Perhaps the biggest hurdle in selling your team is the budget/cost analysis. The post 9/11 days of unlimited grant money are long over. While there are still grant programs available, we can no longer adopt the “damn the costs, full speed ahead” mentality that the fire service had when the spending power was unlimited and not coming out of our budgets. Your budget and cost analysis will focus on areas such as staffing, equipment, training, annual operation costs and apparatus:
- How much will it cost to staff the team we are selling?
- How much will the equipment cost to enable your team to accomplish what you want it to do?
- How much will it cost to send your people out for specialized training or bring those specialized instructors to your jurisdiction?
- How much will calibration gas, sensors, suit testing, etc. cost?
- Will additional apparatus or trailers be required? How much for brand new versus used?
As always, you must be able to offer alternatives. Plan A will always be your ultimate wish list, but it will also be the most expensive. That being said, make sure you have Plan B, Plan C and Plan D ready as viable alternatives. Can you reduce staffing requirements by adopting a smaller team or by embracing a regional concept? Can local industry provide some of the equipment or training? Can you modify existing apparatus as opposed to buying or leasing a new, custom apparatus? While it may seem that you are planning for the failure of Plan A, nothing could be further from the truth. What is more important, the success of your program as a whole or the adoption of a single plan to get there?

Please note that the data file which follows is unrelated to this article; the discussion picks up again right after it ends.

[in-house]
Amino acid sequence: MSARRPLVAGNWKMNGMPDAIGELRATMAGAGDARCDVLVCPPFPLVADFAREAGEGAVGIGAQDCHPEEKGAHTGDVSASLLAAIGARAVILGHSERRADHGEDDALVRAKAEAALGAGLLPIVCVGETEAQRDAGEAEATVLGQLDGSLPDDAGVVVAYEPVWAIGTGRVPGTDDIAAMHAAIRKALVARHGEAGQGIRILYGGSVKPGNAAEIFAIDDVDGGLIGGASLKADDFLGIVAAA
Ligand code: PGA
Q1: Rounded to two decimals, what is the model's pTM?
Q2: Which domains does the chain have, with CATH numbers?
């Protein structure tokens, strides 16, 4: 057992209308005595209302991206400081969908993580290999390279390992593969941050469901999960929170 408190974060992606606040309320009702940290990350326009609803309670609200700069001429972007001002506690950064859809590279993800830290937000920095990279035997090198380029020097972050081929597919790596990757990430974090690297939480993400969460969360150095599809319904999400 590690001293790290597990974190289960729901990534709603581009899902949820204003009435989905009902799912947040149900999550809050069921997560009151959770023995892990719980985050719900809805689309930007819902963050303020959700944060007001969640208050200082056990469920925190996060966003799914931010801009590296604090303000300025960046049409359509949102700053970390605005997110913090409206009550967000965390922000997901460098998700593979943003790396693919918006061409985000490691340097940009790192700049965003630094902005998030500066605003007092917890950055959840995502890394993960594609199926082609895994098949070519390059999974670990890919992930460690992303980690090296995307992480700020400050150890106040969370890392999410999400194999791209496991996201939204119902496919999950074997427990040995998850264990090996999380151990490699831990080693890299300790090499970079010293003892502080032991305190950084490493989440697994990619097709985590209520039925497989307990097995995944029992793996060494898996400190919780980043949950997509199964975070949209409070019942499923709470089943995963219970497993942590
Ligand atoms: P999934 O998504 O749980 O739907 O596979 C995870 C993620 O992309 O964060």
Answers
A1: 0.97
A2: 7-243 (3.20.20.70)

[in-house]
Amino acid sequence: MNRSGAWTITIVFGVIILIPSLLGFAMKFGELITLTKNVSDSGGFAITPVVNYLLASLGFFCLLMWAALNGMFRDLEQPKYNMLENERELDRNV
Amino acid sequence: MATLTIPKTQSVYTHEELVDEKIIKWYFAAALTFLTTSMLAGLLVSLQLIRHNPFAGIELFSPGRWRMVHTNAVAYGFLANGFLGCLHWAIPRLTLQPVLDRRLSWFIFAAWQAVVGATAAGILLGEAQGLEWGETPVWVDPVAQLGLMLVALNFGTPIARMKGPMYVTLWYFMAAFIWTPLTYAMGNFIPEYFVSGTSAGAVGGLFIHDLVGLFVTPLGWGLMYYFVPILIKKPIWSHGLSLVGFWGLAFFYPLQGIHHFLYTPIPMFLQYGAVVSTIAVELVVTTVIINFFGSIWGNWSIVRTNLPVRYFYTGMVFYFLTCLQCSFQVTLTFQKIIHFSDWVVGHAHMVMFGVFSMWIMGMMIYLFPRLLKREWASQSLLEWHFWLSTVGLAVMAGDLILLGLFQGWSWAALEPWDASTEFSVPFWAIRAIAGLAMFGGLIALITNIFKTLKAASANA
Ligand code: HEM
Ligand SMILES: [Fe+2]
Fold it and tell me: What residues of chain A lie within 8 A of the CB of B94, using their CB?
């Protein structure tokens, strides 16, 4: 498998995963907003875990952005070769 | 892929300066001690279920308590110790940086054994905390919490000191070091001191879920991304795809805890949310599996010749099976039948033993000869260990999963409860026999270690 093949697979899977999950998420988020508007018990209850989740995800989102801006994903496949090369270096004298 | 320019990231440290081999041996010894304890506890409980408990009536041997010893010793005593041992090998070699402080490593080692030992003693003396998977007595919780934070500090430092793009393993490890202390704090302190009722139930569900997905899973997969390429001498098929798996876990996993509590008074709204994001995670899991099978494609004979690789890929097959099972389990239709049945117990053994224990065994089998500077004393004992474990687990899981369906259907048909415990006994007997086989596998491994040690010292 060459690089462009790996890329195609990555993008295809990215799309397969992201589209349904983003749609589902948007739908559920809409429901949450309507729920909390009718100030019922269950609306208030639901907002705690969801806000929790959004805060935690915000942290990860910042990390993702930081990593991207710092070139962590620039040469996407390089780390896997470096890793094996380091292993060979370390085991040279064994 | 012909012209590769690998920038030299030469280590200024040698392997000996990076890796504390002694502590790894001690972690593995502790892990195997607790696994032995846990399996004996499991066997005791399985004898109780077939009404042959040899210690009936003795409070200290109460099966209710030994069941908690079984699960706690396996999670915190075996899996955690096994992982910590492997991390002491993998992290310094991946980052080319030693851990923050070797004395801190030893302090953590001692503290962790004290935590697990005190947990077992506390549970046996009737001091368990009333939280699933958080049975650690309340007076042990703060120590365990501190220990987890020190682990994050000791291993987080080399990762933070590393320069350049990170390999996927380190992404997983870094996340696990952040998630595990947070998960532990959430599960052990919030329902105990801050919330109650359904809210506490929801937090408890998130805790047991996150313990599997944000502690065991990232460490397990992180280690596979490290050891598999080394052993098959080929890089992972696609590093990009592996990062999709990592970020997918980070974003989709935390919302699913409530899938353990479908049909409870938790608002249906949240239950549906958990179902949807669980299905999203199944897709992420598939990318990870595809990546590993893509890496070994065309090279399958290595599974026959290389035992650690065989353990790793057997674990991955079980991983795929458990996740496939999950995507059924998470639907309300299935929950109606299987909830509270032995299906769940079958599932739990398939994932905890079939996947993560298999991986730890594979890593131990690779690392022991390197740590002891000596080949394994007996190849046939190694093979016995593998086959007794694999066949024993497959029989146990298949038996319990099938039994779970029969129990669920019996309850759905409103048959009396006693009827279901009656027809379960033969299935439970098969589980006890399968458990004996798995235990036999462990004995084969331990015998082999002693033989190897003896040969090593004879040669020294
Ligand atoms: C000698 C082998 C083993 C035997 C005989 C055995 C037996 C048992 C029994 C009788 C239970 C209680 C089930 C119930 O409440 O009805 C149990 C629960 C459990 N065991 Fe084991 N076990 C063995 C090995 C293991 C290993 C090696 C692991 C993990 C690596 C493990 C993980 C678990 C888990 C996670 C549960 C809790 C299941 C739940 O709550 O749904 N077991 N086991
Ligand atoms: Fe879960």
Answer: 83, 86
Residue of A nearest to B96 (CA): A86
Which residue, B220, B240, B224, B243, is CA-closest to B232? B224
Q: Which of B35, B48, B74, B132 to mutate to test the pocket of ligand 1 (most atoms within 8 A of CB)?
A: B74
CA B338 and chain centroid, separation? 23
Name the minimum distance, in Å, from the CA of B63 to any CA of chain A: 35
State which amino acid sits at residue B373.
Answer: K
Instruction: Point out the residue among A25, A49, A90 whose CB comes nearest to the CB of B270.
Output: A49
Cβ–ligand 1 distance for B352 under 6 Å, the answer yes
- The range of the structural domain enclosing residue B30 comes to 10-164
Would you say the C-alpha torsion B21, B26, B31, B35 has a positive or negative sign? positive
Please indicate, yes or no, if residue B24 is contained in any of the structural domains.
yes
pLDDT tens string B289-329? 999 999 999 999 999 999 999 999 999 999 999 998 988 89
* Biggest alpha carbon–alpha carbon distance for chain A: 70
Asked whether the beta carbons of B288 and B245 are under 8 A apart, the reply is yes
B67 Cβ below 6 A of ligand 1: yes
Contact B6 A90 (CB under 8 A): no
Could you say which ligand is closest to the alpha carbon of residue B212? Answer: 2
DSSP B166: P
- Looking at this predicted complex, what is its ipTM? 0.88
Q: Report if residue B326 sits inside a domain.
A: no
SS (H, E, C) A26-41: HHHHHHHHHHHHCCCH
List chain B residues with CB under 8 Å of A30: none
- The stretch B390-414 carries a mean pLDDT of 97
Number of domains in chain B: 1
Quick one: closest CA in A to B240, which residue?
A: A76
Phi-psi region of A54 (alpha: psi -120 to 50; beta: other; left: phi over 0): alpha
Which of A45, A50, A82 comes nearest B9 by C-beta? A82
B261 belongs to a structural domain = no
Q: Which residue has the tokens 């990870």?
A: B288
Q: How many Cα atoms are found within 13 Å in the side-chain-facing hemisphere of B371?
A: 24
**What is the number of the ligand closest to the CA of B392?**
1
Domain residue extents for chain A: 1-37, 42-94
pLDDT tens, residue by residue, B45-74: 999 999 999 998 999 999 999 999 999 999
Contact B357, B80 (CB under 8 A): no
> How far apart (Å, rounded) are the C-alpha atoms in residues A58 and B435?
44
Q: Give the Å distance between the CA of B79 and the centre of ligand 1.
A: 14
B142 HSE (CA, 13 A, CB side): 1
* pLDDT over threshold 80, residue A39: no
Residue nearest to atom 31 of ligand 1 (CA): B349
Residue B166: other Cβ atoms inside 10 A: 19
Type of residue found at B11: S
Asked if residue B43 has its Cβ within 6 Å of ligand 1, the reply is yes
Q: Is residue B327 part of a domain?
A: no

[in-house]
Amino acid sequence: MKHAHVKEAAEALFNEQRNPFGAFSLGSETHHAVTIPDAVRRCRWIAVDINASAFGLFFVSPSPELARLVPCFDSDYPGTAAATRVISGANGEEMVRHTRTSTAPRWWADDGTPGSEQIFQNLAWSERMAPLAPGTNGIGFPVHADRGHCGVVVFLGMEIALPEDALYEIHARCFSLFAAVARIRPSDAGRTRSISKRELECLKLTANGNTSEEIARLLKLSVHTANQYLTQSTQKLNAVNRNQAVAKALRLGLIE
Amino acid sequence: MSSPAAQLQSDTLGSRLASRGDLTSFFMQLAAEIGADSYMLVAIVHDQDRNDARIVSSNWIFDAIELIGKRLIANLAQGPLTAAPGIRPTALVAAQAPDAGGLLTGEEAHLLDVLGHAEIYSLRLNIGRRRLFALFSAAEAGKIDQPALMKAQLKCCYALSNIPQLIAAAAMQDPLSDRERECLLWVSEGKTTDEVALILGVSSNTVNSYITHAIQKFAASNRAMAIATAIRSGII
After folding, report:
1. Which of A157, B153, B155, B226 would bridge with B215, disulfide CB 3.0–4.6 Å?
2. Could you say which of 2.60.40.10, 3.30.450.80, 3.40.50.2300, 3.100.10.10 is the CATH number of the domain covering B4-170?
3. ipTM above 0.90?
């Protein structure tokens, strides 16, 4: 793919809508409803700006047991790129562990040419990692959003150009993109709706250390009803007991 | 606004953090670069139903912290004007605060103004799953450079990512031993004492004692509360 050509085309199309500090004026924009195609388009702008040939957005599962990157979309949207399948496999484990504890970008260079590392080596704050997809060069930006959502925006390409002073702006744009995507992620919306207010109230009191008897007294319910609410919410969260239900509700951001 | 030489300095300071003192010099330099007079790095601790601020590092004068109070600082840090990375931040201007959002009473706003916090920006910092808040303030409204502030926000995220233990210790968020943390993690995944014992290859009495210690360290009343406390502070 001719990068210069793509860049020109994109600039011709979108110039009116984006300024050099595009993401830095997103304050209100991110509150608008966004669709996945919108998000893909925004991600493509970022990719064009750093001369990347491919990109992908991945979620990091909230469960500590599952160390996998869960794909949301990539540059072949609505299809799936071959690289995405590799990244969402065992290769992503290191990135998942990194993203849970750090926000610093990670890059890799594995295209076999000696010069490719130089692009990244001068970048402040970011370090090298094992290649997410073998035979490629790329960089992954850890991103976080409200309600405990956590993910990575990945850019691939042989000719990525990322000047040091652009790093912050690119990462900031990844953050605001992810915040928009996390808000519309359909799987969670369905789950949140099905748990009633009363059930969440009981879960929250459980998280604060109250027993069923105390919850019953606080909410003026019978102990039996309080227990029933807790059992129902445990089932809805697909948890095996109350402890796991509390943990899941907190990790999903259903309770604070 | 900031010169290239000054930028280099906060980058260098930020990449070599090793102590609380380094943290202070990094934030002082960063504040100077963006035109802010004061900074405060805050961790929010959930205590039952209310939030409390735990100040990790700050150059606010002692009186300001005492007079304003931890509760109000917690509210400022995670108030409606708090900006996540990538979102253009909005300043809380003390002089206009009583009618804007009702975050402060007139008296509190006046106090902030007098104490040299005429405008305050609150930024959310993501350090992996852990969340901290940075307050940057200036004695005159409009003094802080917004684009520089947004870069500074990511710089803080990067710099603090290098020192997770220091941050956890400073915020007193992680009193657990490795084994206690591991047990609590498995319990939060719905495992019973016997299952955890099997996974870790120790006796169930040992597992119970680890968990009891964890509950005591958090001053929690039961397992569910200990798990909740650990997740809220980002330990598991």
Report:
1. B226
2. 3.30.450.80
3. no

Now that the information has been gathered, processed, analyzed and collated and that alternative methods have been devised, it’s time to put a package together for your command staff or governing body. Do not use scare tactics! The “fund this program or babies will die” argument has grown stale over the years and the politicians are tired of hearing it. You do not have to secure the services of a public relations firm to build your presentation, nor do you have to have the skills of a Madison Avenue public relations executive. All you need is a little experience with Power Point, some public speaking ability and a firm belief in what you are about to propose.
Accurately describe what you found as far as what your capabilities and vulnerabilities are. Do not sugar coat, enhance or in any way, shape or form alter facts. Use the information you have found regarding call volume, hazard potential and vulnerabilities and base your arguments on cold, hard facts and not rhetoric or biases. When you provide your budget and costs analyses, give the actual numbers involved without rounding up or down.
You will have to build a Power Point presentation as part of your program. When doing this follow the KISS principle — Keep It Simple Stupid. DO NOT use animations or sound effects as they will not only detract from your program, but will also cause you to lose your audience rather quickly. Have a title for each slide and use illustrations as appropriate. These pictures should be of your equipment, personnel and jurisdiction. These will help to draw your audience in and will have a much greater impact than just using stock pictures found through an Internet search. You can deviate from this rule when you post pictures of any equipment or apparatus that you are proposing for purchase. In this case, a picture is indeed worth a thousand words.